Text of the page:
Meet the Author:

Jared Hoffman Headshot

Jared Hoffman graduated from the American Film Institute with a degree in screenwriting. A Los Angeles native, his brand of comedy is satire stemming from the many different personalities and egos he has encountered throughout his life. As a lover of all things comedy, Jared is always working out new material and trying to make those around him laugh. His therapist claims this is a coping mechanism, but what does she know?

Why Jefferson Airplane’s “White Rabbit” is the Ultimate Piece of Alice in Wonderland Content

I’ve said it in countless blogs before and I’ll say it here again, Alice’s Adventures in Wonderland has surpassed popular culture and has reached a different level – it is culture. We use Alice-isms such as, “down the rabbit hole” or “wonderland” in our everyday language without even thinking of the source material. Due to the cultural impact that Lewis Carrol’s novel has had and continues to have on the world, it should be a surprise to no one that there have been a lot of Alice references in media. From art, such as Salvador Dali’s illustrations of Wonderland, to films like The Matrix, to songs like Wonderland by Taylor Swift. Alice is everywhere. But I won’t talk about any of those media pieces today. No, today I’m going to be talking about arguably the most recognizable piece of Alice-inspired pop culture that has ever been made. Today I’m talking about Jefferson Airplane’s “White Rabbit”.

For those of you who don’t know the song by name, you still know the song. You’ve definitely heard it. Have you seen any movie ever? Ever watched TV? Great, you’ve heard it. The song is used so much in film and television that if I were to list all movies and TV shows it’s in, you wouldn’t be able to read this blog as Frank wouldn’t be able to afford it. I think I found a good way to sum up how many credits it has. The song is featured in both the Oscar-winning Platoon, a powerful and harrowing anti-Vietnam war film, as well as the non-Oscar winning The Secret Life of Pets 2, which needs no introduction as the title is quite self-explanatory.

What gods amongst men could have created such a lasting piece of media? Who are these modern-day Prometheus… Prometheses? Promethei? Regardless, Jefferson Airplane was an American rock band that was formed in the 1960s in San Francisco. Like many 60’s rock bands from San Francisco, they partook in psychedelics. The writer of “White Rabbit,” Grace Slick, admitted that she came up with the song while hallucinating on LSD. Which I find pretty unfair because the one time I took acid, I didn’t come up with a hit song or create Apple computers or cool drawings. No, I just sat in the fetal position quite positive that what I had just done to my brain was permanent. While the permanence of the self-inflicted damage is up for debate, this song’s references to illicit substances are not. The line “Feed your head” is about expanding your mind with psychedelics along with the suggestion to read more books. Interestingly, this song is one of the first hit songs to reference and suggest the partaking of illicit substances without raising the suspicions of censors.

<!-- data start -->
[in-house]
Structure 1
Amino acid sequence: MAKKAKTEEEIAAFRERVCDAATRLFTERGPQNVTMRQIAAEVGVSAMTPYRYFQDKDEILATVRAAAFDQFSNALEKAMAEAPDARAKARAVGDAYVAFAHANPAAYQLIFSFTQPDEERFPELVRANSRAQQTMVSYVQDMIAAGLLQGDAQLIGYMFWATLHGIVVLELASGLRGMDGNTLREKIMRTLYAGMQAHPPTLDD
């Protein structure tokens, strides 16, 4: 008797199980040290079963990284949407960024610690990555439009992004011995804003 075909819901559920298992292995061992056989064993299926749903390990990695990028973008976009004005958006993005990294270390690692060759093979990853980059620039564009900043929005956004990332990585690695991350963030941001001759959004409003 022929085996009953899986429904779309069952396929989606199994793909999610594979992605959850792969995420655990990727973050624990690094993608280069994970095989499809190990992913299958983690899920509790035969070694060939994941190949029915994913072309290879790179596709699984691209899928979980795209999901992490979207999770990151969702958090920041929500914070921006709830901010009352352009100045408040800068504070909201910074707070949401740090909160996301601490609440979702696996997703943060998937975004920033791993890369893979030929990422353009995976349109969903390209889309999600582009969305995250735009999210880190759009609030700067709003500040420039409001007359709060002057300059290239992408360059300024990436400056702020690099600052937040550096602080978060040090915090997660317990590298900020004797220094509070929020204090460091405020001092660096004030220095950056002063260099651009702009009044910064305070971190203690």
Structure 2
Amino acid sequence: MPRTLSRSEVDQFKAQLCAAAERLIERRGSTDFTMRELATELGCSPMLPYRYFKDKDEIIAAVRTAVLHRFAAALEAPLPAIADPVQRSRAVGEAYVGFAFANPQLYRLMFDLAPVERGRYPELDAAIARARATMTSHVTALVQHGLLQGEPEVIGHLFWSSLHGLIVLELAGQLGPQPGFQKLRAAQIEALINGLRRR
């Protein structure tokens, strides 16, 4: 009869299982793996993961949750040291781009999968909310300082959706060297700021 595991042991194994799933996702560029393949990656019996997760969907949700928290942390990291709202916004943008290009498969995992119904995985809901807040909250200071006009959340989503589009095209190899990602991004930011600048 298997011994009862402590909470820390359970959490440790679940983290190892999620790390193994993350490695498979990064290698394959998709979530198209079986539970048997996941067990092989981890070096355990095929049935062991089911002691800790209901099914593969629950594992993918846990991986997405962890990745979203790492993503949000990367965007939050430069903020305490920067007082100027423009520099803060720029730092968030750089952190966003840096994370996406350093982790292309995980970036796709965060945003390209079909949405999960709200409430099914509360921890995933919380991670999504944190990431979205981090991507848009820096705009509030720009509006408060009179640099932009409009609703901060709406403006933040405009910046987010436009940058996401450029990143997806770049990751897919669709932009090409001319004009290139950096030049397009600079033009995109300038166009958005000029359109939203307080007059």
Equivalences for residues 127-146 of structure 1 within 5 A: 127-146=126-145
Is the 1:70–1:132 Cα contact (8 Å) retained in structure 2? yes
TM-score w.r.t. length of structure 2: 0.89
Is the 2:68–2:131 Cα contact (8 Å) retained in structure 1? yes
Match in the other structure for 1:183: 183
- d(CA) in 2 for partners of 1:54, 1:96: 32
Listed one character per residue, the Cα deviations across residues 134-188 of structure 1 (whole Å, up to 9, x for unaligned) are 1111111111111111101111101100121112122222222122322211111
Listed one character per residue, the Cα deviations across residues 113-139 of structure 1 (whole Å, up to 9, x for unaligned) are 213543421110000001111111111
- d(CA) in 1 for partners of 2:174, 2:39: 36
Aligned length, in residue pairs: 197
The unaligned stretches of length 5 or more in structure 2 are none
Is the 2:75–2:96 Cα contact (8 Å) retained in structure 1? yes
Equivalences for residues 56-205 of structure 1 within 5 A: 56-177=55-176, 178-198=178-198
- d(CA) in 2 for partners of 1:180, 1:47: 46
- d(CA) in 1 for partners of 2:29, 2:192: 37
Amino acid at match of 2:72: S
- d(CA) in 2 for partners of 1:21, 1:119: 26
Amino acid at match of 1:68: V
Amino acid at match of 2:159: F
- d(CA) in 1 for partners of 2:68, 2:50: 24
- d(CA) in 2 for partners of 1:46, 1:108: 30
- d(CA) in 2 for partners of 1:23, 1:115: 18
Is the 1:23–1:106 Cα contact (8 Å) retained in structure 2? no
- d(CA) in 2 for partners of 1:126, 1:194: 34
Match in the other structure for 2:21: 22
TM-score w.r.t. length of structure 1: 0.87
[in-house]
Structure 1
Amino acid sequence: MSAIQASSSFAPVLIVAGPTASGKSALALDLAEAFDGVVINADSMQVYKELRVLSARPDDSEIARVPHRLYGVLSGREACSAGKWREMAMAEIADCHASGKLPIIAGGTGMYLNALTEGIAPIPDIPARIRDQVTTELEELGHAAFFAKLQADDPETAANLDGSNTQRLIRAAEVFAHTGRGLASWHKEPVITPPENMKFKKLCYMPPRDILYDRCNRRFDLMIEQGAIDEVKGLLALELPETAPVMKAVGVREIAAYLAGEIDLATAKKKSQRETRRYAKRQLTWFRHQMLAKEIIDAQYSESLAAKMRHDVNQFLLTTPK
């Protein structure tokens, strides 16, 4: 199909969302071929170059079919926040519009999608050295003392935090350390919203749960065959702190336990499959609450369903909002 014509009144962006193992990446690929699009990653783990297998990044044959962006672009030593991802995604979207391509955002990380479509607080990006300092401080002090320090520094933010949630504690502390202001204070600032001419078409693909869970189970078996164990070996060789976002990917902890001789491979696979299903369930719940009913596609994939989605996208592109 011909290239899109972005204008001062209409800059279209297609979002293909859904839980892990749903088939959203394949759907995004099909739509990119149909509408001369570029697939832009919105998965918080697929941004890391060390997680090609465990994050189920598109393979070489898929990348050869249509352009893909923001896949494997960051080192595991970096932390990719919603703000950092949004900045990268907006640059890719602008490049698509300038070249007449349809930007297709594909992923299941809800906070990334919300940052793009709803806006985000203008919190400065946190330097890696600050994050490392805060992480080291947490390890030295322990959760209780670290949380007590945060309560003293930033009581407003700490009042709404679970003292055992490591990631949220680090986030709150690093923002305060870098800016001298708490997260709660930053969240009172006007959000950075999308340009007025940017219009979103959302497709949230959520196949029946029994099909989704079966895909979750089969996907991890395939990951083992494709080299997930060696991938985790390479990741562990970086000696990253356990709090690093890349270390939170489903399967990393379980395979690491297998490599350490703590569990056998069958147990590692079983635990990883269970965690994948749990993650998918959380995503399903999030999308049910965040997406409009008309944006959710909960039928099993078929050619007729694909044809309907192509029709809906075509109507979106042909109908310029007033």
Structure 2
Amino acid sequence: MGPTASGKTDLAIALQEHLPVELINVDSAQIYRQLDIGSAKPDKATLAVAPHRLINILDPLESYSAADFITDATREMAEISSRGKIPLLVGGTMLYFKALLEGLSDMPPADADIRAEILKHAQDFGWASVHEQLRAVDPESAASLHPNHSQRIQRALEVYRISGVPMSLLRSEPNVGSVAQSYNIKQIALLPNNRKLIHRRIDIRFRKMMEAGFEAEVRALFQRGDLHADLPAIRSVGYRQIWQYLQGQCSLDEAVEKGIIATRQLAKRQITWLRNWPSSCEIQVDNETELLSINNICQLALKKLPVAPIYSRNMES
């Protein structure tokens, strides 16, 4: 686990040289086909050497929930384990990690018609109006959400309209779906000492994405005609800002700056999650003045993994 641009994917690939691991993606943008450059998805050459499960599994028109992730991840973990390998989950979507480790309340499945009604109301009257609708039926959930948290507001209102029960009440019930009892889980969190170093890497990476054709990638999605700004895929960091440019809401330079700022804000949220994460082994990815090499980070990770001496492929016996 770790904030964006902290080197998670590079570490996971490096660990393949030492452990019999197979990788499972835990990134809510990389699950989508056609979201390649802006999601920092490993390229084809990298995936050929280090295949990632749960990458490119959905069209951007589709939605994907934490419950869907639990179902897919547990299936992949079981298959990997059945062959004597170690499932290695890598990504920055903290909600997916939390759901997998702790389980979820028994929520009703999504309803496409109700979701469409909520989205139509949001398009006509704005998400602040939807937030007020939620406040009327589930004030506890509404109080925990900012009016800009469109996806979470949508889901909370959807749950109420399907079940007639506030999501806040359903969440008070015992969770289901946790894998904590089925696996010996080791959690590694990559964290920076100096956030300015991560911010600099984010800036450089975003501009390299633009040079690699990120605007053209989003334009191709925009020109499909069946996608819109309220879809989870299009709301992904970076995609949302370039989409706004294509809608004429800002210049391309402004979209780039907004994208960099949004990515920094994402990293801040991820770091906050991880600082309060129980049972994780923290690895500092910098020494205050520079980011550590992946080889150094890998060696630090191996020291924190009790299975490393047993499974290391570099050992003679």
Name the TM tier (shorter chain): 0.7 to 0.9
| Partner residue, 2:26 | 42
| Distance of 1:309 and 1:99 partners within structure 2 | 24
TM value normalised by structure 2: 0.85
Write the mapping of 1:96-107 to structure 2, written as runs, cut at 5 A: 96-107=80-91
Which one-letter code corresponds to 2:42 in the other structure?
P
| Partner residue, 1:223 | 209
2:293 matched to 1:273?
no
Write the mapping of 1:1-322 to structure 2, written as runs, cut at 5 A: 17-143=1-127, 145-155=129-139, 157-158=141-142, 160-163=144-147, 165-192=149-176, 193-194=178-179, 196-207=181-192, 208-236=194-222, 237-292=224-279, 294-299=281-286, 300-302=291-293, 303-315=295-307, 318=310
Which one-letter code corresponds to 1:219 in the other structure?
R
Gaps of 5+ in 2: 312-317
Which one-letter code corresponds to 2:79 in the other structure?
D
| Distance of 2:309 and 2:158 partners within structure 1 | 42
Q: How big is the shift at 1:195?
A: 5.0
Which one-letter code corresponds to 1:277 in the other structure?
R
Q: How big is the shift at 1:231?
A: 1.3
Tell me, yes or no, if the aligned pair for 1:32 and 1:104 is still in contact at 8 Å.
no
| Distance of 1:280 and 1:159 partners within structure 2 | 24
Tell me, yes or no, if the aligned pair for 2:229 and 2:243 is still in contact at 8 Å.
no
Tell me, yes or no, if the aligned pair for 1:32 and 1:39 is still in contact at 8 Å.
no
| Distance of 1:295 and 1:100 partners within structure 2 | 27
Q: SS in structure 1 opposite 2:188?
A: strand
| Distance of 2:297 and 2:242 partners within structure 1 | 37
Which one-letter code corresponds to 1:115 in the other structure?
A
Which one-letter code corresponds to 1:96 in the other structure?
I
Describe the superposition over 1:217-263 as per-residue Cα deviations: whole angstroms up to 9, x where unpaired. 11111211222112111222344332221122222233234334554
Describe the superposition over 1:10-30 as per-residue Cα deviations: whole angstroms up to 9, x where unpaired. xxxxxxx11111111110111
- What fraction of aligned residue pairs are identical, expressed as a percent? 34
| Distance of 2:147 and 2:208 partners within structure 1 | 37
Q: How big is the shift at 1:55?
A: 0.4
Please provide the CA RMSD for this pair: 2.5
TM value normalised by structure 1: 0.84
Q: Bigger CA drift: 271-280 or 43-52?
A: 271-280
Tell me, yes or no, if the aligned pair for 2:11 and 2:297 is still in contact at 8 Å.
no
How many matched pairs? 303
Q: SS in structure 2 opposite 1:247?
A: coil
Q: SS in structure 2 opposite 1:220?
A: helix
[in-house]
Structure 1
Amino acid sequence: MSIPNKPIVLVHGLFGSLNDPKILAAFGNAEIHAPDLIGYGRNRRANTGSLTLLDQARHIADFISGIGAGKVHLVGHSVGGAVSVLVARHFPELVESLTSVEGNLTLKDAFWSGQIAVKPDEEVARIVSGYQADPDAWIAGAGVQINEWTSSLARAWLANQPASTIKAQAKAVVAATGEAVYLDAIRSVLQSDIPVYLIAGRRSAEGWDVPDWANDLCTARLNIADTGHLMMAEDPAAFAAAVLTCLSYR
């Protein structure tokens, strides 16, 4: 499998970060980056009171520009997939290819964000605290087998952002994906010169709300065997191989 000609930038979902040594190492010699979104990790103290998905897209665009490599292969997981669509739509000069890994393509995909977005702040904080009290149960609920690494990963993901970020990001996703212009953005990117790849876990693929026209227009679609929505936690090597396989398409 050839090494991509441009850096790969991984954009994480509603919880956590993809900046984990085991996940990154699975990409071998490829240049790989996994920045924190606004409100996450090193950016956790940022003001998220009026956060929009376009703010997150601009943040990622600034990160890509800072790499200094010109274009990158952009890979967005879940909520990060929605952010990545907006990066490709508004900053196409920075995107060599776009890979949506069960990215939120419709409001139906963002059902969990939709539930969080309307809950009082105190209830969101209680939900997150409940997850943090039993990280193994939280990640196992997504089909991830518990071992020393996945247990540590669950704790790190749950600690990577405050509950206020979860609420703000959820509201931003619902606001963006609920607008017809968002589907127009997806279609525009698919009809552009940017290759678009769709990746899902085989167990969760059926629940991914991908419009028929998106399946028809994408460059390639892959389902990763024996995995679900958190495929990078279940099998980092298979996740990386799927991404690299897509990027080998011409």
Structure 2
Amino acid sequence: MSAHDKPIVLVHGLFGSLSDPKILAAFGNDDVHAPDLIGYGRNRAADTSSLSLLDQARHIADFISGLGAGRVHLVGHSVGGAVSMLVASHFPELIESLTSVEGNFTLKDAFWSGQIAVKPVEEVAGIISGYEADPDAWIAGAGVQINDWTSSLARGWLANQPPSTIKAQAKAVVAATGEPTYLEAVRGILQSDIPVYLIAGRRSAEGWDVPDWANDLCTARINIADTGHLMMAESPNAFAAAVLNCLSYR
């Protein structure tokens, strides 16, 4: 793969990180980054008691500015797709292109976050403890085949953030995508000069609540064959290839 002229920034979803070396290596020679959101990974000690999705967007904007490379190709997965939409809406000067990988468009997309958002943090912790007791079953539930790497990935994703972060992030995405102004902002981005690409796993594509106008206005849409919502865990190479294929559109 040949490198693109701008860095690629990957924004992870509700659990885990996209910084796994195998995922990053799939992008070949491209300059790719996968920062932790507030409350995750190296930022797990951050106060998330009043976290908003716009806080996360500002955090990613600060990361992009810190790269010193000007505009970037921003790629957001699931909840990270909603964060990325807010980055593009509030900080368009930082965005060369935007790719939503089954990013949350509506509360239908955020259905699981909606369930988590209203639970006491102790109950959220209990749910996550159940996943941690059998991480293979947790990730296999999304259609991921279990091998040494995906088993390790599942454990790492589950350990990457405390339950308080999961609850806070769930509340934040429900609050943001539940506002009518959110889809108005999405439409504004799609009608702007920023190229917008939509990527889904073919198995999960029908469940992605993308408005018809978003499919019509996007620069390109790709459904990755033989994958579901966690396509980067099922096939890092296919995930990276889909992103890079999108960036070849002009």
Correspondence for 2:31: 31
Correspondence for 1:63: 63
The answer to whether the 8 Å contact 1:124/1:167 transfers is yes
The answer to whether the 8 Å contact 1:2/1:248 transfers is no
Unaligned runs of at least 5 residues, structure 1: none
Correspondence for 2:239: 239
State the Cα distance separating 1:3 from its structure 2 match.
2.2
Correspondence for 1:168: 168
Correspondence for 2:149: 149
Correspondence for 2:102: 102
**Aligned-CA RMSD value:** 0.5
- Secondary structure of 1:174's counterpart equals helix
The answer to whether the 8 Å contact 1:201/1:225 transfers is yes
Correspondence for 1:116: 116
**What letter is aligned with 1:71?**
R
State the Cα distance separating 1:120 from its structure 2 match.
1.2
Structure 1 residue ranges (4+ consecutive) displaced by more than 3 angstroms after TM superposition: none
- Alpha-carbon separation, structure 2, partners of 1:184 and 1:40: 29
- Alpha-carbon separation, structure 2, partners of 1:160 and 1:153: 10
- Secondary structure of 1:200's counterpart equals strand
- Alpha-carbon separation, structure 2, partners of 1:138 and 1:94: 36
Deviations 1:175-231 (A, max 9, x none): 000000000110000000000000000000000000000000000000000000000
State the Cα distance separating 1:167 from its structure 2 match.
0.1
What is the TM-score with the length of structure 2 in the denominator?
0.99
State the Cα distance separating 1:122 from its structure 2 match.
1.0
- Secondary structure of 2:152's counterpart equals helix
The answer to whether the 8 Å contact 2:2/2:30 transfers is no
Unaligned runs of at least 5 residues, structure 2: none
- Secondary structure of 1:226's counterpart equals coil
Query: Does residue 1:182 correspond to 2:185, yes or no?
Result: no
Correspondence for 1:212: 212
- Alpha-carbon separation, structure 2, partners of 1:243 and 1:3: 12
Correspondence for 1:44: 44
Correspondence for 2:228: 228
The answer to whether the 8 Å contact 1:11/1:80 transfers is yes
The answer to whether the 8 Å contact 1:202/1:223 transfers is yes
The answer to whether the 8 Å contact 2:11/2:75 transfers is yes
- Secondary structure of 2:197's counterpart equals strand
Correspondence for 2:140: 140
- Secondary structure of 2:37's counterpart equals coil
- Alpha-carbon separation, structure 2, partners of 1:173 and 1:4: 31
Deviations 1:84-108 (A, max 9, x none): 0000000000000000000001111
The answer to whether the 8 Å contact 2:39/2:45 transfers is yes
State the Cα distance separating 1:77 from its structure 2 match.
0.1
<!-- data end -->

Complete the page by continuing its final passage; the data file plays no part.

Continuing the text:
Black and White image of Jefferson Airplane singer Grace Slick, circa 1969.

Grace Slick often read both Alice’s Adventures in Wonderland and Through the Looking-Glass as a child and found the books had a lasting effect on her. She enjoyed the fact that Alice was the rare children’s book that did not have a prince charming saving the heroine, that it followed a little girl in a strange land being driven forward by her curiosity which, to Grace, was represented by the White Rabbit. She thought that the message of the story could be taken and used by women to push their own agenda. I believe that during the ’60s, pushing an agenda was not thought of as an annoying thing to do.

Almost every line in “White Rabbit” references the world Lewis Carroll had created. Starting with the first verse, “One pill makes you larger/and one pill makes you small/and the ones your mother gives you/don’t do anything at all/Go ask Alice/When she’s ten feet tall.” I mean, besides the one line about mothers giving placebos, which might be about how parents are often thought of as not knowing what is going on in teens and not having the right “medicine” for them. I don’t know, I’m not Googling it. The first verse is literally Alice’s first action in Wonderland.

Psychedelic illustration inspired by "Alice's Adventures in Wonderland" of Alice looking up at the Blue Caterpillar who is smoking on a mushroom. Work by artist Howie Green.